Comprehensive evaluation of human-derived anti-poly-GA antibodies in cellular and animal models of C9orf72 disease

Melanie Jambeau, Kevin D. Meyer, Marian Hruska-Plochan, Ricardos Tabet, Chao Zong Lee, Ananya Ray-Soni, Corey Aguilar, Kitty Savage, Nibha Mishra, Nicole Cavegn, Petra Borter, Chun Chia Lin, Karen R. Jansen-West, Jie Jiang, Fernande Freyermuth, Nan Li, Pierre De Rossi, Manuela Pérez-Berlanga, Xin Jiang, Lilian M. DaughrityJoão Pereira, Sarav Narayanan, Yuanzheng Gu, Shekhar Dhokai, Isin Dalkilic-Liddle, Zuzanna Maniecka, Julien Weber, Michael Workman, Melissa McAlonis-Downes, Eugene Berezovski, Yong Jie Zhang, James Berry, Brian J. Wainger, Mark W. Kankel, Mia Rushe, Christoph Hock, Roger M. Nitsch, Don W. Cleveland, Leonard Petrucelli, Tania F. Gendron, Fabio Montrasio, Jan Grimm, Magdalini Polymenidou, Clotilde Lagier-Tourenne

Research output: Contribution to journalArticlepeer-review


Hexanucleotide G4C2 repeat expansions in the C9orf72 gene are the most common genetic cause of amyotrophic lateral sclerosis and frontotemporal dementia. Dipeptide repeat proteins (DPRs) generated by translation of repeat-containing RNAs show toxic effects in vivo as well as in vitro and are key targets for therapeutic intervention. We generated human antibodies that bind DPRs with high affinity and specificity. Anti-GA antibodies engaged extra- and intra-cellular poly-GA and reduced aggregate formation in a poly-GA overexpressing human cell line. However, antibody treatment in human neuronal cultures synthesizing exogenous poly-GA resulted in the formation of large extracellular immune complexes and did not affect accumulation of intracellular poly-GA aggregates. Treatment with antibodies was also shown to directly alter the morphological and biochemical properties of poly-GA and to shift poly-GA/antibody complexes to more rapidly sedimenting ones. These alterations were not observed with poly-GP and have important implications for accurate measurement of poly-GA levels including the need to evaluate all centrifugation fractions and disrupt the interaction between treatment antibodies and poly-GA by denaturation. Targeting poly-GA and poly-GP in two mouse models expressing G4C2 repeats by systemic antibody delivery for up to 16 mo was well-tolerated and led to measurable brain penetration of antibodies. Long-term treatment with anti-GA antibodies produced improvement in an open-field movement test in aged C9orf72450 mice. However, chronic administration of anti-GA antibodies in AAV-(G4C2)149 mice was associated with increased levels of poly-GA detected by immunoassay and did not significantly reduce poly-GA aggregates or alleviate disease progression in this model.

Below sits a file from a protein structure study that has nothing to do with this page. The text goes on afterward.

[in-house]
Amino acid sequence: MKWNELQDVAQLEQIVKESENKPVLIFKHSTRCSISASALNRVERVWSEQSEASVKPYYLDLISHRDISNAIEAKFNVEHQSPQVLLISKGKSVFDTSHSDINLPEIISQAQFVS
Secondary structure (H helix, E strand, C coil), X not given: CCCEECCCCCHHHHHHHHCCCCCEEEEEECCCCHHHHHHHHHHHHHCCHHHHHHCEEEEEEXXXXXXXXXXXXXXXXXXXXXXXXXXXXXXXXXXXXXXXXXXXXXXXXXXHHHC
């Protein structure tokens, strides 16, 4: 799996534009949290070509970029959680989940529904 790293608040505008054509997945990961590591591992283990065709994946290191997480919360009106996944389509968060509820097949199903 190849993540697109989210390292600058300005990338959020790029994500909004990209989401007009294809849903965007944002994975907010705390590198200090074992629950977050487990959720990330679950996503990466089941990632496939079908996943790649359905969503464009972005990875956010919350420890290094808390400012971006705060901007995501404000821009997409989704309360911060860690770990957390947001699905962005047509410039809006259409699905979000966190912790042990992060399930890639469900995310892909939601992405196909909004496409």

Original languageEnglish (US)
Article numbere2123487119
JournalProceedings of the National Academy of Sciences of the United States of America
Issue number49
StatePublished - Dec 6 2022


  • amyotrophic lateral sclerosis
  • C9orf72
  • dipeptide repeat proteins
  • frontotemporal dementia
  • immunotherapy

ASJC Scopus subject areas

  • General


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